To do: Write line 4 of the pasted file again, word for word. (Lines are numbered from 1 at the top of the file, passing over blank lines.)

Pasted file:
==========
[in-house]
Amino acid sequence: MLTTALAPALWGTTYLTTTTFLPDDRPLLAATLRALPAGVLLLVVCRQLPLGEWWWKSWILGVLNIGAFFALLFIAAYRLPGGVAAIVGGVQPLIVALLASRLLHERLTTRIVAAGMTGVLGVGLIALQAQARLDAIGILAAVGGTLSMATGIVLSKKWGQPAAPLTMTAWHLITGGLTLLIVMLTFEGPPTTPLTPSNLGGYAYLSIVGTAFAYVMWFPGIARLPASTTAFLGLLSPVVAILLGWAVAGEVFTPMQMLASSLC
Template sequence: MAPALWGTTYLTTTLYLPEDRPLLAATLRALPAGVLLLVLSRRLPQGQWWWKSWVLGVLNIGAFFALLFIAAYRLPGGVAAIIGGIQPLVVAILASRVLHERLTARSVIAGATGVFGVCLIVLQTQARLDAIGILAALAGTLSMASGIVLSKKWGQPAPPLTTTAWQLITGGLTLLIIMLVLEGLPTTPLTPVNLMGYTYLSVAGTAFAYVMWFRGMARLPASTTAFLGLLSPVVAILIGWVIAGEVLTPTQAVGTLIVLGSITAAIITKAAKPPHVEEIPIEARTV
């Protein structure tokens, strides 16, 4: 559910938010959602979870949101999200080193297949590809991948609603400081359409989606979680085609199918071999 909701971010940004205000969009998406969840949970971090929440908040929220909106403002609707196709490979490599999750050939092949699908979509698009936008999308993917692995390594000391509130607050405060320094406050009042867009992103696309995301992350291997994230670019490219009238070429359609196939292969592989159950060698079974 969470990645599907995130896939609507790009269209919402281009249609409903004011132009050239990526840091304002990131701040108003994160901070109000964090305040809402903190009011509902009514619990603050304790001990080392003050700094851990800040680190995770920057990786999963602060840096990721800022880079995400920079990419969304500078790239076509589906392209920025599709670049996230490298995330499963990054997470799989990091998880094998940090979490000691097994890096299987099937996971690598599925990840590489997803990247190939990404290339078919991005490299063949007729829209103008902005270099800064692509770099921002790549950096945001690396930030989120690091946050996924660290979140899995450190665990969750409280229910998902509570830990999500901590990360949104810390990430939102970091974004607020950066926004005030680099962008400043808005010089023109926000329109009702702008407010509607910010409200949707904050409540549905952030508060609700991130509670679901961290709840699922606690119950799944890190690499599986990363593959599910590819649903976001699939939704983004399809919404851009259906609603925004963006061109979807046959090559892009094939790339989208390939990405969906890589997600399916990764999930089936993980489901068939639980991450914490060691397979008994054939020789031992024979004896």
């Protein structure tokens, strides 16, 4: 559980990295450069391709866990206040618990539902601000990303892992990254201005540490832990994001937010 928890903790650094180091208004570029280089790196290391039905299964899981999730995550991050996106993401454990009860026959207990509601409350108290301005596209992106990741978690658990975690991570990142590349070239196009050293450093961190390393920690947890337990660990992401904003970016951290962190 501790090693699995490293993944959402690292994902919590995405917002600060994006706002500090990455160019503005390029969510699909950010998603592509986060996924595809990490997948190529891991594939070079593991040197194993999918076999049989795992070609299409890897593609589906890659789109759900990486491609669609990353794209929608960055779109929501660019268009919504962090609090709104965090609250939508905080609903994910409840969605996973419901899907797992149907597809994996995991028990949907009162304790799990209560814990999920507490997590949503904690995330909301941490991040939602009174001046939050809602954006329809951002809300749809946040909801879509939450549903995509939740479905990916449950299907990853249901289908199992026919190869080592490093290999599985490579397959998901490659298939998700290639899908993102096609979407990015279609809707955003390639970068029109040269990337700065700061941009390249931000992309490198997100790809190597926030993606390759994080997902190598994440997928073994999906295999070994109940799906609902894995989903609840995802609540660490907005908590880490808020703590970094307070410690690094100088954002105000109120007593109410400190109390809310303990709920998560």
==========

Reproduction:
């Protein structure tokens, strides 16, 4: 559910938010959602979870949101999200080193297949590809991948609603400081359409989606979680085609199918071999 909701971010940004205000969009998406969840949970971090929440908040929220909106403002609707196709490979490599999750050939092949699908979509698009936008999308993917692995390594000391509130607050405060320094406050009042867009992103696309995301992350291997994230670019490219009238070429359609196939292969592989159950060698079974 969470990645599907995130896939609507790009269209919402281009249609409903004011132009050239990526840091304002990131701040108003994160901070109000964090305040809402903190009011509902009514619990603050304790001990080392003050700094851990800040680190995770920057990786999963602060840096990721800022880079995400920079990419969304500078790239076509589906392209920025599709670049996230490298995330499963990054997470799989990091998880094998940090979490000691097994890096299987099937996971690598599925990840590489997803990247190939990404290339078919991005490299063949007729829209103008902005270099800064692509770099921002790549950096945001690396930030989120690091946050996924660290979140899995450190665990969750409280229910998902509570830990999500901590990360949104810390990430939102970091974004607020950066926004005030680099962008400043808005010089023109926000329109009702702008407010509607910010409200949707904050409540549905952030508060609700991130509670679901961290709840699922606690119950799944890190690499599986990363593959599910590819649903976001699939939704983004399809919404851009259906609603925004963006061109979807046959090559892009094939790339989208390939990405969906890589997600399916990764999930089936993980489901068939639980991450914490060691397979008994054939020789031992024979004896």